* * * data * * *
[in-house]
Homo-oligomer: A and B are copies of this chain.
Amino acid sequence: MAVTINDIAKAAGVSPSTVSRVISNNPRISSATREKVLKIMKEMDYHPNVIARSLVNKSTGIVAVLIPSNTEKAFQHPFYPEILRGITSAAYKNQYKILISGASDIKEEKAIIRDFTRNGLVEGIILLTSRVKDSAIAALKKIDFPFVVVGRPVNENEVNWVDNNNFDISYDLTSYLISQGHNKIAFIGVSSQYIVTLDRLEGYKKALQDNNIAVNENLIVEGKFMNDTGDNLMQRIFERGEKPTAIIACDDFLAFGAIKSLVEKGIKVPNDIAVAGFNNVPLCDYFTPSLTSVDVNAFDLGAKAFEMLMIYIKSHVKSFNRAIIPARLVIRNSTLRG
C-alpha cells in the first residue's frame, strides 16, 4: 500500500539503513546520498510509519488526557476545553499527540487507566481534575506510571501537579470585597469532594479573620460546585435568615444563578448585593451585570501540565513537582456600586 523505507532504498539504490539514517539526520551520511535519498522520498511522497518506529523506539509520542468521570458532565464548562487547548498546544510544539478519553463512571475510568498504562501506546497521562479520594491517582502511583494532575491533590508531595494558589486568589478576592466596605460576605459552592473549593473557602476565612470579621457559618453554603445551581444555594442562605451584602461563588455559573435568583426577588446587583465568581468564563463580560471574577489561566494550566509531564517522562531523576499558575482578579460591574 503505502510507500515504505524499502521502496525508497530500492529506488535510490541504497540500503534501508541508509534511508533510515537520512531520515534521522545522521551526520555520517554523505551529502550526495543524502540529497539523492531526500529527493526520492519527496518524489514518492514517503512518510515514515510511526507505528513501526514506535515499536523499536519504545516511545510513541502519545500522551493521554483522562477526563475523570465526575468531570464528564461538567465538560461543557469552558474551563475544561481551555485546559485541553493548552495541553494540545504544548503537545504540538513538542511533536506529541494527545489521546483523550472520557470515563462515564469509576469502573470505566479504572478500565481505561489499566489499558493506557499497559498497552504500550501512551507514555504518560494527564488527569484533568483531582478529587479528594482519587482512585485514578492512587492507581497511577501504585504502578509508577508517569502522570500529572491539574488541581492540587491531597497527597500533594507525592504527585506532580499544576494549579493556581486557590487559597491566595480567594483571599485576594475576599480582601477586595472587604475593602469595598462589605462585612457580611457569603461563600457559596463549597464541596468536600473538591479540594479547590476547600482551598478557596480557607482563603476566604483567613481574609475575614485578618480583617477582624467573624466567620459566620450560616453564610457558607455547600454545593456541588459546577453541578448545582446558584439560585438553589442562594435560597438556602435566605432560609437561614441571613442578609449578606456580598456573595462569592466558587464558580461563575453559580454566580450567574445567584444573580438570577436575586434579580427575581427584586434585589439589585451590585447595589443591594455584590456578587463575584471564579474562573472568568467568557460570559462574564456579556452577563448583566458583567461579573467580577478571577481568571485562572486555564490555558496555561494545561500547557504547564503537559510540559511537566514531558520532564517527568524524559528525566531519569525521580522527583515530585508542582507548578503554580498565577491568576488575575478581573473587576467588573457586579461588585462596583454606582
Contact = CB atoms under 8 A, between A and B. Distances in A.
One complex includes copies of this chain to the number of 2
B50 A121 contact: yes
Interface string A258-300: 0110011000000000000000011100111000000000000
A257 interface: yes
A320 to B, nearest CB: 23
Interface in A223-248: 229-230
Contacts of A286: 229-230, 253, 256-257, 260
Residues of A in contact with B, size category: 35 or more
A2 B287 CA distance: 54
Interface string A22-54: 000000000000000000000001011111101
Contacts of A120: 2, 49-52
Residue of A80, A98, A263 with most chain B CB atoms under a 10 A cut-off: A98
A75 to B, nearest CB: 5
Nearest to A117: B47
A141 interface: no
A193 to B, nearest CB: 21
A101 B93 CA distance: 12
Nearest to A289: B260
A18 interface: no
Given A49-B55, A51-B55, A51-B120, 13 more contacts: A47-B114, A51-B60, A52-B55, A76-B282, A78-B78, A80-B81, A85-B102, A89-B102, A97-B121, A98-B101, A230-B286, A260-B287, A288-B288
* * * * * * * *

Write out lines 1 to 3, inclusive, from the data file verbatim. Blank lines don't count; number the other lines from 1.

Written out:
[in-house]
Homo-oligomer: A and B are copies of this chain.
Amino acid sequence: MAVTINDIAKAAGVSPSTVSRVISNNPRISSATREKVLKIMKEMDYHPNVIARSLVNKSTGIVAVLIPSNTEKAFQHPFYPEILRGITSAAYKNQYKILISGASDIKEEKAIIRDFTRNGLVEGIILLTSRVKDSAIAALKKIDFPFVVVGRPVNENEVNWVDNNNFDISYDLTSYLISQGHNKIAFIGVSSQYIVTLDRLEGYKKALQDNNIAVNENLIVEGKFMNDTGDNLMQRIFERGEKPTAIIACDDFLAFGAIKSLVEKGIKVPNDIAVAGFNNVPLCDYFTPSLTSVDVNAFDLGAKAFEMLMIYIKSHVKSFNRAIIPARLVIRNSTLRG